Intelligent Automation for Manufacturing: Part 1
Welcome to our three-part series where we will show you how to use process data, information from your business, and your team's talents and skills to improve your bottom line.
- Part One: The path most manufacturers take to optimize their processes and business as a whole.
- Part Two: Information and data analysis systems used to turn your operational data into useful information.
- Part Three: How one of our customers has used these ideas and tools to improve their business across multiple facilities, and integrate with their corporate ERP system to simply workflows throughout their organization.
After reading this series, you will understand how information systems can help your company optimize its people, processes, and profitability.
Most of today's technology buzzwords, internet of things, industrial internet, situational awareness, manufacturing operations management, describe tools with a similar goal - provide more insight into your manufacturing process while integrating information from your plant floor with the rest of your company's systems.
Despite differences in implementation, the end result is the same - giving you information to make intelligent decisions about how to improve your manufacturing process, the business systems running your company and ultimately your bottom line.
A diagram called the automation pyramid describes the path manufacturers travel as they use automation and intelligent information systems to grow from producing hand-made goods to fully-integrated enterprises.
The first level of the pyramid, and the foundation of automation, is your plant floor equipment:
- bottling lines
- packaging lines, etc.
The primary purpose of your plant floor equipment is to do the work someone would otherwise be doing by hand, saving time, resources, and OSHA paperwork.
The next level of the pyramid is process control systems, which reduce the amount of hands-on time required to operate your processes. Moving to this level requires the use of PLCs programmed to execute your process the same way day-in and day-out.
In addition to PLCs, staff-members need a way to interact with the process: this is where HMI/SCADA systems come into play. HMI/SCADA systems are the software your operators use to run the process. They give you a way to change process setpoints, monitor and respond to upsets, and give you basic historical trending tools.
Up to this level, all systems optimize the throughput of staff.
- Process equipment removes the one-to-few throughput of producing goods by hand
- PLCs make it possible to control multiple pieces of equipment at once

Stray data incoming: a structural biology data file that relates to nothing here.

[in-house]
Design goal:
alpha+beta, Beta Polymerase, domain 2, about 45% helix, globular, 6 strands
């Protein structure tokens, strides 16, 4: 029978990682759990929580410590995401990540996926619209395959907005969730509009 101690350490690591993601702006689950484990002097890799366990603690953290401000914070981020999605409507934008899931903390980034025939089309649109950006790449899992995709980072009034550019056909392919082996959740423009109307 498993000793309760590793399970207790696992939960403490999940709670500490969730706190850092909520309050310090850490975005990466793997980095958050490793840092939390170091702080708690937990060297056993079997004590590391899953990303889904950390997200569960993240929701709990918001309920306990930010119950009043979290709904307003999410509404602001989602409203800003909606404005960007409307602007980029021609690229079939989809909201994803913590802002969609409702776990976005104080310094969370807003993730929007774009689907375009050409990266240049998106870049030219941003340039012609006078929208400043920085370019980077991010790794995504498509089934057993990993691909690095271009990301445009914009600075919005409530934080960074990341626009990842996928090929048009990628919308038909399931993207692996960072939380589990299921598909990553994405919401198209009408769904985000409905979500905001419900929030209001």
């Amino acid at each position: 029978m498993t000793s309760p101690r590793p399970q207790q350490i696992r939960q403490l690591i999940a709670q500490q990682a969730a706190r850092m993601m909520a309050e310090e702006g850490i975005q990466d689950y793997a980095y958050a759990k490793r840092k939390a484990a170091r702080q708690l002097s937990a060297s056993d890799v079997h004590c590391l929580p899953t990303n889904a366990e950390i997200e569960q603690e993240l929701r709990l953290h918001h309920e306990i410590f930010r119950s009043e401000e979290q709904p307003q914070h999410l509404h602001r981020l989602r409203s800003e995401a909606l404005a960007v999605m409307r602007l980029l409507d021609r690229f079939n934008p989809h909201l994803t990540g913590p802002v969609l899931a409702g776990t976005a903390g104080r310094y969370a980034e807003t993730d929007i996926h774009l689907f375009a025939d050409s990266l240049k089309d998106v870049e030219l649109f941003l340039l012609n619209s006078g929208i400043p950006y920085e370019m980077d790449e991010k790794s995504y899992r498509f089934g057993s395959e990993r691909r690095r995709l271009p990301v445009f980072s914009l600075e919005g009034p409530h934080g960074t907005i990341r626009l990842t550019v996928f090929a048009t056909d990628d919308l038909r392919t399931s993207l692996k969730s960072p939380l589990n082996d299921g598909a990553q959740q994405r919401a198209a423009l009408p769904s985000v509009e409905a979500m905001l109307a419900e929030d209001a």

- HMI/SCADA systems enable you to operate an entire process from one location
The bulk of time and resources will be spent getting to this point. Adding additional production equipment, processing lines, or facilities will be somewhat cheaper as you expand (due to the potential savings of reduced design/engineering time).However, you will still be incurring the cost of purchasing, installing and maintaining the equipment.
Instead of only optimizing the throughput of your staff, what if you optimized the throughput of your process? Using your existing infrastructure, you can expand production capacity without having to buy new equipment or hire new operations staff. This is the focus of the higher levels of the pyramid.
Making Information Work For You
The first level above HMI/SCADA is information systems, which includes process historians, advanced trending tools, computerized maintenance management systems (CMMS)/predictive maintenance, and reporting systems.
Process historians collect and store all of the relevant data from your processes for future analysis. The data can easily be analyzed using trending tools, giving you the ability to find interesting correlations between various pieces of equipment in differing process conditions.
A CMMS can be used to streamline maintenance workflows, giving operators the ability to quickly input work order requests, monitor their status in the HMI, and give maintenance staff information on process conditions leading to the initial upset. Predictive and condition-based maintenance tools allow you to maintain equipment based on actual run-times or conditions instead of on a calendar schedule, reducing the wear and cost of over- or under-maintaining equipment.
As you collect more data, the burden of turning it info useful information is higher; data analysis provides tools to do this. Commonly categorized as a manufacturing execution system (MES), the insight gives you the ability to track overall equipment effectiveness (OEE), and other key performance indicators used to monitor the health of your process (“data analysis" is the focus of the next post in the series).
The top level of the pyramid is where your process information systems are tied into the rest of the company through ERP systems. This typically includes inventory management, scheduling, shipping/receiving and tech support. You can use process data to give other departments real-time updates on production, while monitoring other systems for potential upsets such as late raw material shipments or low parts inventory.
The automation pyramid simplifies complex technology choices into a handful of categories. While the pyramid doesn't explain what software platform will work best for your operation, it gives you the ability to look ahead and start planning what tools you will implement next.
Looking at the technology landscape through the lens of the automation pyramid, we see most buzzwords are all part of the information system and data analysis levels. They are simply ways to collect data from your process and give you the tools to turn that data into useful information you can use to optimize your process.
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